3. One or both of you have stopped sharing opinions
Being apart from someone you love becomes necessary when you find that you’ve lost yourself along the way. It’s vital to use the opportunity to look back to who you were before the relationship, re-learn that person, become independent again, and gain a sense of individuality.
While away, you get to decide where you’ll have a meal, what you’ll do for entertainment or your responsibilities around the place you’re staying without feedback or opinions.
That will send you home with a whole new sense of self with a mate who will probably appreciate the change.
4. A partner without a life
When a partner relies heavily on you to determine their interests and hobbies, they must be encouraged to take time apart in a relationship sort of in the same vein as learning themself but more along the lines of developing a life of their own.
Perhaps, your mate never really had many interests when they came into the partnership, deciding to assume yours.
The space that the two of you agree to should be used wisely with their seeing friends or making some new connections and learning hobbies that establish a sense of individuality.
5. You don’t want to be bothered
You might not understand why you’re turning away from your mate or ignoring them when in the same room, but it appears you’ve become burned out and are reflecting it onto your partner.
Instead of fighting or causing a rift, you’ve shut down, a cry for some alone time. Take some time to recharge, but don’t take on such a load in the future.
6. They create space
If time apart in a relationship doesn’t come to them, they will create the space. You might notice that a mate has started to come home from work later than usual or perhaps gets up and leaves a bit earlier. Because you typically spend much time together, there is implicit trust.
You think that your partner has found a way to have some time alone. In doing so, that allows you to have some space as well. Instead of being angry, enjoy the quality time and allow your significant other the same respect.
7. The mate is protective of their privacy
When a mate has become protective of their social circle, programs on the screen, interests, and hobbies, with no desire to share these, it’s indicative of a desire to have individual time but the uncertainty of how to request this.
Communication is critical in this case. Shutting a partner out is not okay. Letting you know there’s a need so it can be satisfied is vital without pushing you away, and that needs to be expressed.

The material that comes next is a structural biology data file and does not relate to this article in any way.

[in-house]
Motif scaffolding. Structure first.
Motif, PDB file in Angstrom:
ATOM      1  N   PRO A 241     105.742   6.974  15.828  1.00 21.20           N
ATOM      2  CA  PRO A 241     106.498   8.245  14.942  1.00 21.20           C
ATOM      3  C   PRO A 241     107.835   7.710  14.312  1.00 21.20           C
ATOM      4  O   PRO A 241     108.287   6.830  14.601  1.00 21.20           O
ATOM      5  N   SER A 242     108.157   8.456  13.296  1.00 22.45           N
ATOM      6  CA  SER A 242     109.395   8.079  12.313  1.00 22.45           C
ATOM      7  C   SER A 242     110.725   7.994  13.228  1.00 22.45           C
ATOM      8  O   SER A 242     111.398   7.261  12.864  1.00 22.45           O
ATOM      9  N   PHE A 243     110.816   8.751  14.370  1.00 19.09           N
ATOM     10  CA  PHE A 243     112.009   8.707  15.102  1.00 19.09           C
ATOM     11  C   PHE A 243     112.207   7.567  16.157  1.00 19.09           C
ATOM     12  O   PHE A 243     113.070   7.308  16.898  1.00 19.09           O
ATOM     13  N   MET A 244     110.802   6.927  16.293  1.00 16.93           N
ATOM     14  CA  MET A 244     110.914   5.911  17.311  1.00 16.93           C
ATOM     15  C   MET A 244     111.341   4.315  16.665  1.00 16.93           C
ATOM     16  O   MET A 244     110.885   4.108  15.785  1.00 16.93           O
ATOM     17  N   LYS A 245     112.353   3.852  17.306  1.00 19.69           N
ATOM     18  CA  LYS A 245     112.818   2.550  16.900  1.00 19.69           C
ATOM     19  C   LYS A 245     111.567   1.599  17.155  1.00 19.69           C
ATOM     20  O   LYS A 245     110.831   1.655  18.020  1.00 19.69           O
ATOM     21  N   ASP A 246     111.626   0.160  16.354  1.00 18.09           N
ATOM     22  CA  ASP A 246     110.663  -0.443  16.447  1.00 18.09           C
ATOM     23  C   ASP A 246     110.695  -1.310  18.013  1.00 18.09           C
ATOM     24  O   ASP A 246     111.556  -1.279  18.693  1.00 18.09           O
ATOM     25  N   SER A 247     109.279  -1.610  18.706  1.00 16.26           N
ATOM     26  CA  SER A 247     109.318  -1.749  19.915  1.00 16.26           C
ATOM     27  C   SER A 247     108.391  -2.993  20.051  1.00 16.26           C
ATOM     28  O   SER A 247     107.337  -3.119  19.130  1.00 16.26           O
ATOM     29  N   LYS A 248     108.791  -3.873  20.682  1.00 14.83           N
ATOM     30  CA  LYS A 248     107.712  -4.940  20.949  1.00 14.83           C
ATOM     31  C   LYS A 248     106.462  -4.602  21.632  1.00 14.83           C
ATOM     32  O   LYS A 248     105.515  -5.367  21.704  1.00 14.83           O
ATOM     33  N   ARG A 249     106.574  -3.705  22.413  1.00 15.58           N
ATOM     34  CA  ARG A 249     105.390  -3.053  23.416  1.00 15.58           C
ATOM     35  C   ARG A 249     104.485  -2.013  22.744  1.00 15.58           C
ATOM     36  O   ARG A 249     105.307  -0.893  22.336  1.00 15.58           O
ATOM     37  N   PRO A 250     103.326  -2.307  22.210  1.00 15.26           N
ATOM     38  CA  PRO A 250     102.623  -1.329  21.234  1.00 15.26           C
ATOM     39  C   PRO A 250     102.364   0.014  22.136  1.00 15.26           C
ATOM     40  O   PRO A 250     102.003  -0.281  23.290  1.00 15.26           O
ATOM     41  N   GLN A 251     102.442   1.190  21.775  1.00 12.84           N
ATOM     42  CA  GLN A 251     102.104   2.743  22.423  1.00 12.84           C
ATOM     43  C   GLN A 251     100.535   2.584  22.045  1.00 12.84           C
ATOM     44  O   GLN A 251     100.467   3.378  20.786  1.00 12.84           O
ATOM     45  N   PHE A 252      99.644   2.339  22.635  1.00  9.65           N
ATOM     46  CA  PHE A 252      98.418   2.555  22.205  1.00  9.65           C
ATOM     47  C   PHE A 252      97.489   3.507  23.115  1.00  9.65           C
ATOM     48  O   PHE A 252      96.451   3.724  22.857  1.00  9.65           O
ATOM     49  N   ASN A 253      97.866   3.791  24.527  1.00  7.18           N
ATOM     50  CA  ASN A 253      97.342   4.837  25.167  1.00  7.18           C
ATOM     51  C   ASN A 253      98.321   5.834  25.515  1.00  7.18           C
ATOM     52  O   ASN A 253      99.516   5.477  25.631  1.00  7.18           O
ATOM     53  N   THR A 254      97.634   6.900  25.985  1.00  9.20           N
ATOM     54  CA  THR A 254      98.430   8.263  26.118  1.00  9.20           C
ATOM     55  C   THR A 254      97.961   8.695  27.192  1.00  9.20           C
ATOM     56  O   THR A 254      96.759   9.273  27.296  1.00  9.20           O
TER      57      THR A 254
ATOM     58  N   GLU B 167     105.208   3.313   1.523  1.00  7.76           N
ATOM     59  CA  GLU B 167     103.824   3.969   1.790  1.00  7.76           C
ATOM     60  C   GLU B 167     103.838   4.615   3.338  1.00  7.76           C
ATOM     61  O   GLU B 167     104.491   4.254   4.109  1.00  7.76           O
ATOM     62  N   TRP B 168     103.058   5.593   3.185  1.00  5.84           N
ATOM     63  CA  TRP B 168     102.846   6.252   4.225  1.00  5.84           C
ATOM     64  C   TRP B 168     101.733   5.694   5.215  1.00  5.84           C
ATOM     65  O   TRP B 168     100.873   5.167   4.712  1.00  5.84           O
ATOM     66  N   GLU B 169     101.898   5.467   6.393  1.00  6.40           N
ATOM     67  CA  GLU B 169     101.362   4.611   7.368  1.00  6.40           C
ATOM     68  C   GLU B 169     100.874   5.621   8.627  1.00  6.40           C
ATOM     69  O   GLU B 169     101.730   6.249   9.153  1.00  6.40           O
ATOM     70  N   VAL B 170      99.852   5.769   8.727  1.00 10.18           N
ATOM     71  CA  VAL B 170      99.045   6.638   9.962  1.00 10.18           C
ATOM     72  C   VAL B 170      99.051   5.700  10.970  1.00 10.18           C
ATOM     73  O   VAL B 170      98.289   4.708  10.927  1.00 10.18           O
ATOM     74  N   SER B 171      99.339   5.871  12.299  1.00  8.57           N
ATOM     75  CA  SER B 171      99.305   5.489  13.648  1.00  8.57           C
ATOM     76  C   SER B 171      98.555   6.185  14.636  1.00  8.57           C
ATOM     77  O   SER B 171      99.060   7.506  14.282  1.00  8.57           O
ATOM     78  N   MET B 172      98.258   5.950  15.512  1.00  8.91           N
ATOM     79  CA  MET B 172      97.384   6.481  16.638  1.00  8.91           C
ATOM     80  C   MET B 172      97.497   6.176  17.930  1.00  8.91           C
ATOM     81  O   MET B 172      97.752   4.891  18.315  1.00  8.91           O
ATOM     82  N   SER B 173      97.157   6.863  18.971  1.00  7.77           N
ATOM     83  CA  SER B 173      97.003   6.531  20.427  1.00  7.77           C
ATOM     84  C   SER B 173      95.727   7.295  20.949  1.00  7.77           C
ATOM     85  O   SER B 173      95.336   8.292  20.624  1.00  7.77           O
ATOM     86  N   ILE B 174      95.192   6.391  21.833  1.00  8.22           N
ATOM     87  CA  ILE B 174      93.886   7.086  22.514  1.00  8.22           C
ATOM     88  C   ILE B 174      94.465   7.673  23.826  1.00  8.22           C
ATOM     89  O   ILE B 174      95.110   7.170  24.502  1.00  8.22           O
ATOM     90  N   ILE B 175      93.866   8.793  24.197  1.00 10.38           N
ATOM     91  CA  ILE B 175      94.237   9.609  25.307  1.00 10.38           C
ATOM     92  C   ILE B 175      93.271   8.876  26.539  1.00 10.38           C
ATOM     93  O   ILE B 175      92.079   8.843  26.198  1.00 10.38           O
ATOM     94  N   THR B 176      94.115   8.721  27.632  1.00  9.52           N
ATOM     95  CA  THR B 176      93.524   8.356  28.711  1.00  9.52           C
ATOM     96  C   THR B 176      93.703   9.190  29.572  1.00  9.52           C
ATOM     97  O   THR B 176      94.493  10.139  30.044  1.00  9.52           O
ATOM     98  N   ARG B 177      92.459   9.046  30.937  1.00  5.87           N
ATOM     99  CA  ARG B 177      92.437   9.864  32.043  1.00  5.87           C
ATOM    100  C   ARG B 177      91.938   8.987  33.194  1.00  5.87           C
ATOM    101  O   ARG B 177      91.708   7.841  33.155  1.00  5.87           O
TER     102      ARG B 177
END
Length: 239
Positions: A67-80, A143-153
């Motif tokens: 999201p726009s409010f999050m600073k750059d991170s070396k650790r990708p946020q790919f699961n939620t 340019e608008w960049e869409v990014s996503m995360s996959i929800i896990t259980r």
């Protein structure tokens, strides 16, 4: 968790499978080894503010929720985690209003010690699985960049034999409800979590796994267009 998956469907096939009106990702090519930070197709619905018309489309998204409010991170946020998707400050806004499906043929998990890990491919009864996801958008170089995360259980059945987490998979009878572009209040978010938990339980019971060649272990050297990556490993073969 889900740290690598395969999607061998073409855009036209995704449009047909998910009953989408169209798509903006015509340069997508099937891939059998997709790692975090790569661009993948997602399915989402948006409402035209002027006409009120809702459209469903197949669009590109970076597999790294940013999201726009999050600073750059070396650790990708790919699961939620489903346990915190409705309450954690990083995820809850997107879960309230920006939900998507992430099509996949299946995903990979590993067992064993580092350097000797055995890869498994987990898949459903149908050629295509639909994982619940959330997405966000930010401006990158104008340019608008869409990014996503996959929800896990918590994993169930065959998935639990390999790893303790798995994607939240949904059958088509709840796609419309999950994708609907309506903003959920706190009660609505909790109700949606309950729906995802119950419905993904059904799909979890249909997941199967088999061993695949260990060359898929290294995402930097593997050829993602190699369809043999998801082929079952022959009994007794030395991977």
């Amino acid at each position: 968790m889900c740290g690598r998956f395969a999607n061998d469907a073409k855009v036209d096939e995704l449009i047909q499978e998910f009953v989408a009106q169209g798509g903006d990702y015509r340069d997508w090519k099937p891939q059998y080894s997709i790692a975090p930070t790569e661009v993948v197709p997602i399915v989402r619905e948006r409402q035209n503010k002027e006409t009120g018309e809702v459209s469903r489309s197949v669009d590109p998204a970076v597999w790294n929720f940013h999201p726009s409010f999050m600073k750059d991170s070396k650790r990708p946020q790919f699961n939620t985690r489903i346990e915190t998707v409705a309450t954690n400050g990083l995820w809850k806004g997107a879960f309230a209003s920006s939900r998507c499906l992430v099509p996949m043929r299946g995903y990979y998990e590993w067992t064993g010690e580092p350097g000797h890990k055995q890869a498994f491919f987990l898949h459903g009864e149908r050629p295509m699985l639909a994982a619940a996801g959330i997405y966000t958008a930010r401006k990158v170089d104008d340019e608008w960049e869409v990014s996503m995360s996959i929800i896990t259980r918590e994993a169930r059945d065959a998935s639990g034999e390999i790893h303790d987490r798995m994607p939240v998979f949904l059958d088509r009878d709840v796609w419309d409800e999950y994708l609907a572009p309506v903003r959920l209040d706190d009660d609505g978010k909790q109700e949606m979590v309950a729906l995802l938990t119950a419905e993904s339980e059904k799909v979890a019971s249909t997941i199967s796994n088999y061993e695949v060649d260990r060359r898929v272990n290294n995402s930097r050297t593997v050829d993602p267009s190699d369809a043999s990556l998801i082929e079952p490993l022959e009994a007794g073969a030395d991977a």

When trying to discern is time apart good for a relationship, there are instances where it is crucial. For instance, when you have specific life circumstances, perhaps a family loss, financial situation, or health concerns, these require the need to gather thoughts to figure out a good solution.
While talking to a mate can help, first, you need to come through your thought process, and time away can help. A partner will surely understand there’s a need to concentrate on something aside from the partnership for a bit.
You can then come back to further work through it together.
9. Patterns will help determine time apart in a relationship
Mates have individual personalities in a partnership to where one might be a homebody. At the same time, the other could be exceptionally social, or perhaps one will close off on the weeknights after work and liven up on the weekend.
Once you learn the pattern of your partner, you’ll recognize when you can have some alone time to enjoy personal space. Maybe throughout the week, you can enjoy a nice bath with some soft music and candles each evening.
10. Work anxieties are causing issues
Work pressure can often create anxiety, making it necessary for a partner to need more space than is typical in a relationship. Is time apart in a relationship good? In this instance, it’s healthy for a mate to get away and relax as much as possible.
It’s also essential to voice your support for your mate, plus pay attention to ensure the anxiety doesn’t reach unhealthy levels. It is important not to let the work stress negatively impact the relationship.
11. The connection is off
When you find the connection between the two of you is not balanced, it’s off, but you can’t determine the problem; you’re not syncing and haven’t been for some time; it’s wise to take a bit of a break.
Does taking time apart in a relationship work? The idea for stepping away sometimes is to strengthen the partnership. When you have a rough patch happening, especially when you’re uncertain for a reason, space can help you look at the situation from a different view.
You can also appreciate the other person and the relationship much more with the connection reestablished, not ever realizing what the bad vibe was about; perhaps just a need for some time.
When a partner indicates they have a need, it’s vital to pay attention and vice versa. If you’re facing conflict and a mate asks to hold off for a second while taking a break, do that.
This person is asking to let them cool off for a second. They need to step away to avoid lashing out because they have come to the brink of their patience with the situation.
When you allow the space, it shows respect, and the two of you can come back together in a more healthy way.
If you are wondering how to be a better listener, watch this video that offers some tips:
13. Red flags are your only indication
A partner might not be someone who comes out and makes a request, as in the last scene. Sometimes their only indication that they need time apart in a relationship is hinted that you need to be able to pick up on.